What is grief?

Grief is the normal process of reacting to a loss. Emotional reactions of grief can include anger, guilt, anxiety, sadness, and despair. It’s a normal and natural emotional reaction to loss or change of any kind. It’s a feeling of reaching out for someone who’s always been there, to discover that they’re no longer there. It’s one of the hardest processes to go through.

It doesn’t always mean the loss of a loved one, it can be a breakup or a divorce, a job loss or a terminal illness diagnosis, these are all types of grief.

The feeling of grief and loss can be so hard to deal with at any moment in time, but when the festive seasons begin, it can be especially hard. When you feel like your whole world has stopped, but the normality of life is all around you. When everyone around you is feeling merry and it’s that time of year that’s filled with joy and celebration, but that special someone is missing and it just doesn’t feel right.

Grief is one of the hardest processes to go through, it’s never easy if your struggling with the loss of a loved one this Christmas just know your not alone. As devastating as it is, people will understand and hopefully make your festive season a little more bearable.

The celebrations and the traditions that carry on through the years that give the holidays so much joy can also be a painful reminder of the person who is no longer there to share it with. Christmas can feel like a burden rather than something you enjoy.

Just remember that you don’t have to do anything that you don’t want to and if you want a time out then you’re entitled to it. But while you may feel like hiding away is the best way to pass the time, sometimes surrounding yourself with people who support and understand you are just what you need. Just because your having fun doesn’t mean you don’t miss them, it’s ok to enjoy yourself.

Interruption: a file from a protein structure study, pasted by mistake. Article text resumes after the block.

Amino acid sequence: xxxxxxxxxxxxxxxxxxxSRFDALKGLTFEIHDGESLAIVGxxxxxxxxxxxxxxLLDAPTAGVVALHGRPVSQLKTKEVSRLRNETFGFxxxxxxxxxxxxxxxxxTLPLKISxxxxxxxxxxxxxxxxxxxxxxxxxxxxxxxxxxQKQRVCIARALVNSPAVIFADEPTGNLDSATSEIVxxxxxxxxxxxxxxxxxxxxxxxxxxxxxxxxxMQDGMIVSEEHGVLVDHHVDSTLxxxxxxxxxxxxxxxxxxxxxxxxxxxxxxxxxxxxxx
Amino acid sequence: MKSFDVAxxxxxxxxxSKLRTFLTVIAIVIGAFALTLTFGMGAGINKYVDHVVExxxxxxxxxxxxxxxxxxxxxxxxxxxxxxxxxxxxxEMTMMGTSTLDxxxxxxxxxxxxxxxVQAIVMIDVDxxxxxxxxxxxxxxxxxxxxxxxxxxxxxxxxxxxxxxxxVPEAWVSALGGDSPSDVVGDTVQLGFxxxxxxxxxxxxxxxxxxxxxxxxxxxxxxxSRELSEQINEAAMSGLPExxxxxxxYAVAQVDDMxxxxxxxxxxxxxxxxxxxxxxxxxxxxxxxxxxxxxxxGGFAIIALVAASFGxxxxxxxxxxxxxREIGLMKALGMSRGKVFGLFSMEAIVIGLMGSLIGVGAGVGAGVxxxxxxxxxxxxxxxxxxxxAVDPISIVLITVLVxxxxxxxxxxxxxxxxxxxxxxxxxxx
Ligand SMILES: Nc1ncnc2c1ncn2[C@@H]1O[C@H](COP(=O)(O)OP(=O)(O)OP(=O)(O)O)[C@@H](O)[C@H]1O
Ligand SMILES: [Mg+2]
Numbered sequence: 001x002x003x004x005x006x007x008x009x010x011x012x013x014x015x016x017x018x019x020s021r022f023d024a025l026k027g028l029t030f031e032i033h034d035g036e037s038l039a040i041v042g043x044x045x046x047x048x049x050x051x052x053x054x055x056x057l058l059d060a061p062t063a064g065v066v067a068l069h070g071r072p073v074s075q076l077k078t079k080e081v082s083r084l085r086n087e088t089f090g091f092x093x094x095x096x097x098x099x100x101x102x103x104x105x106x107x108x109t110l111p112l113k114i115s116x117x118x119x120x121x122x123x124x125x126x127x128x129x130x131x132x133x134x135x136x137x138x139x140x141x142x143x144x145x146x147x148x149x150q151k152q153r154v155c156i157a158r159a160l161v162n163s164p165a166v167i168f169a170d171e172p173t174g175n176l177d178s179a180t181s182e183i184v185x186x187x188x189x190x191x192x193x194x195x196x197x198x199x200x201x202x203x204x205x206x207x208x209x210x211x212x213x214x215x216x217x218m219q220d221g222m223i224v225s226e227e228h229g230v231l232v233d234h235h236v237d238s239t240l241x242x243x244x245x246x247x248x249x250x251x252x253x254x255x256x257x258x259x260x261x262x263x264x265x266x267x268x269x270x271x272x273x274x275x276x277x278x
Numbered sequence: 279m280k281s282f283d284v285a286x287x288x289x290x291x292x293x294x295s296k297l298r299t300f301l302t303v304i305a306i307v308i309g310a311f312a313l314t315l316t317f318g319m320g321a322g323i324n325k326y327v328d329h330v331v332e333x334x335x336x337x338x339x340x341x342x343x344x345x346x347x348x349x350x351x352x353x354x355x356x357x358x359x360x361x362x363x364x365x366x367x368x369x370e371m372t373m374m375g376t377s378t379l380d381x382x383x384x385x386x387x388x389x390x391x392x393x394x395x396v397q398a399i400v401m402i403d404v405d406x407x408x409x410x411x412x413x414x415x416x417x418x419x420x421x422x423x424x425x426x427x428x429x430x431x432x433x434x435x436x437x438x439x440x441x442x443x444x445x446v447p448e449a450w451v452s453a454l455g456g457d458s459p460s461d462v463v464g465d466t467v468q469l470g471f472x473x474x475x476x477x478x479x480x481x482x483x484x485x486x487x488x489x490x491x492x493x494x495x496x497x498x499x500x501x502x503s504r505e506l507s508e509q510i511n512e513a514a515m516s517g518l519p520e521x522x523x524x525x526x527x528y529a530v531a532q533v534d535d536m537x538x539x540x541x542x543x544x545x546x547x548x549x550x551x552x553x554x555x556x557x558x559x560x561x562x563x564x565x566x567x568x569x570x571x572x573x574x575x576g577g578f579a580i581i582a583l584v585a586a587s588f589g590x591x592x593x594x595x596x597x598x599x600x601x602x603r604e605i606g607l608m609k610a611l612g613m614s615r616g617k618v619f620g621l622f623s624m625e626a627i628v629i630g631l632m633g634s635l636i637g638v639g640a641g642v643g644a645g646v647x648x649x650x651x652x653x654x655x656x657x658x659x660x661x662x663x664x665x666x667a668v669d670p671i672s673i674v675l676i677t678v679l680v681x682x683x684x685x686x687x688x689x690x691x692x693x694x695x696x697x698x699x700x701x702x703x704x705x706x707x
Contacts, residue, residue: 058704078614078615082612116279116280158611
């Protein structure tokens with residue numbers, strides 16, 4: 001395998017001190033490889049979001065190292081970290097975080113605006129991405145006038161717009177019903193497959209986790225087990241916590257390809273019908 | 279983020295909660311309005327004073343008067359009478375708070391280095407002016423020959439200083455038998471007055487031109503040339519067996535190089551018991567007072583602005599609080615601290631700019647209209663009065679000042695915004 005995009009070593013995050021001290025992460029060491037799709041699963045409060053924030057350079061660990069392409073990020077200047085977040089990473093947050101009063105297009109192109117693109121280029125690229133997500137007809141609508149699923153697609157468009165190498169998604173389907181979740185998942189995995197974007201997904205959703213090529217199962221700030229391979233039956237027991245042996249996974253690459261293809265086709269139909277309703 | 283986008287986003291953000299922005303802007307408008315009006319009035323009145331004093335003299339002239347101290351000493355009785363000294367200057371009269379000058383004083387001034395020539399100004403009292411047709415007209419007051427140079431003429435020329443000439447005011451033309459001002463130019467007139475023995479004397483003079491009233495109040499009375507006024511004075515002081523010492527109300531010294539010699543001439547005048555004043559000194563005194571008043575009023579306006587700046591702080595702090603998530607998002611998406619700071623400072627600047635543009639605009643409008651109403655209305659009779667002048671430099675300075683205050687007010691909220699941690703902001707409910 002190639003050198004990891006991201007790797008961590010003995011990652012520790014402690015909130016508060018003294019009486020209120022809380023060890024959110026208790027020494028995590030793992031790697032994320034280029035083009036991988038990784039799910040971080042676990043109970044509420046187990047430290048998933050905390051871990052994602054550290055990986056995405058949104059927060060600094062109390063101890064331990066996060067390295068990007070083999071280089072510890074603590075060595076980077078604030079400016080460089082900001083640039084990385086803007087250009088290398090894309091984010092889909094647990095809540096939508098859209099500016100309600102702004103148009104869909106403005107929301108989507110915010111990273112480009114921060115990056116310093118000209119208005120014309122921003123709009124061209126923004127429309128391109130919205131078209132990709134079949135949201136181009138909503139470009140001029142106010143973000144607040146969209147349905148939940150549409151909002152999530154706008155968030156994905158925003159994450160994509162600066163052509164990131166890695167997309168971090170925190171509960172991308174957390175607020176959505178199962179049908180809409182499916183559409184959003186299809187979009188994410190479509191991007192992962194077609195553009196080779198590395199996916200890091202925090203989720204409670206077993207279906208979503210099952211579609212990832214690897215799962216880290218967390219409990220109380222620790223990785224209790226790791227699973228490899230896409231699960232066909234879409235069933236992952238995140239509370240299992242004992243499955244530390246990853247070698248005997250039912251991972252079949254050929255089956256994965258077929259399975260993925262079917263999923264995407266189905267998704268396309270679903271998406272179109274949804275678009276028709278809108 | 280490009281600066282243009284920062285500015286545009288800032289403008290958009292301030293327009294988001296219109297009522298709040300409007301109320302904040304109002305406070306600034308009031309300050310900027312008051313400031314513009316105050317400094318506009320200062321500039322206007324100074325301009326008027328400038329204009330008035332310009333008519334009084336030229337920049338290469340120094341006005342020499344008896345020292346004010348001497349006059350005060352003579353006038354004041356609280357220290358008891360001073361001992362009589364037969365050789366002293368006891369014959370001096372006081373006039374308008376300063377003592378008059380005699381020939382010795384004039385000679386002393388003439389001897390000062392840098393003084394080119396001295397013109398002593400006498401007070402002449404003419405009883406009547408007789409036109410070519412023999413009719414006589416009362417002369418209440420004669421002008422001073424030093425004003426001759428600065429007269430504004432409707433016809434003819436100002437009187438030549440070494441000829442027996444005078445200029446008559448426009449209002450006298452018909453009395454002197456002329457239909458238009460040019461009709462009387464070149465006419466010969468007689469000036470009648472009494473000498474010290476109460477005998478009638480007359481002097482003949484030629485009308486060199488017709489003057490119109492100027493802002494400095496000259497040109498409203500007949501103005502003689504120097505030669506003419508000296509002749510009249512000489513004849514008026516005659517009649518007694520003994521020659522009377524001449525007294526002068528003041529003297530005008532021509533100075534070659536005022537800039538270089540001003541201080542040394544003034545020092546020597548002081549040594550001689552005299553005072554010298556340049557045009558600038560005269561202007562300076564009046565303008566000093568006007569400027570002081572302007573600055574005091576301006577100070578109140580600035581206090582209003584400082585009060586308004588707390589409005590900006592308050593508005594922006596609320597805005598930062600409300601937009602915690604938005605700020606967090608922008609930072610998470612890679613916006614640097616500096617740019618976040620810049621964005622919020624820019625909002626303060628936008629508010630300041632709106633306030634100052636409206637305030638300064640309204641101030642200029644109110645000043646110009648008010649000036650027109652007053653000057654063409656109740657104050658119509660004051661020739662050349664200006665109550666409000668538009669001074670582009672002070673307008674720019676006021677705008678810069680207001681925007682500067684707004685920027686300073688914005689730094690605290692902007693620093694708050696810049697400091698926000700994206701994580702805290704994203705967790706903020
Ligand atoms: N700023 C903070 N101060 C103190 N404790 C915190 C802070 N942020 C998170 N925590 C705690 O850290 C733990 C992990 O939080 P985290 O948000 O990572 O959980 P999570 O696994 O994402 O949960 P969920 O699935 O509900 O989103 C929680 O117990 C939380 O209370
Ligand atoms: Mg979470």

Here a few coping with grief strategies

  • Focus on your needs: Listen to yourself, because at this moment in time that’s what matters most. Allow yourself to feel what you need too, it’s ok to cry and express your sadness. Tell those around you how you feel and how they could help, whether that’s just having someone to chat too, distract you or remember the good times you had with that special someone, which may bring a smile to your face. But if you’re not ready, then that’s ok.
  • Memory box: Something that always holds a special place in our hearts is memories and they’re always there. So if you feel up to it, maybe creating something like a memory box where you can write down memories you treasure and when it’s the right time you and those around you can read them out together and it’s an item that you can look back at whenever you want too.
  • Talk to someone: When grief takes over it can be hard to want to reach out, as you may feel like others don’t understand what your going through, people grieve differently and that’s important to know. But the worst thing to do is keep it all bottled up when you feel like it’s time talk to someone, it doesn’t always have to be family and friends, reach out to a counselor if you’d prefer too. Remind yourself that it’s ok to accept help.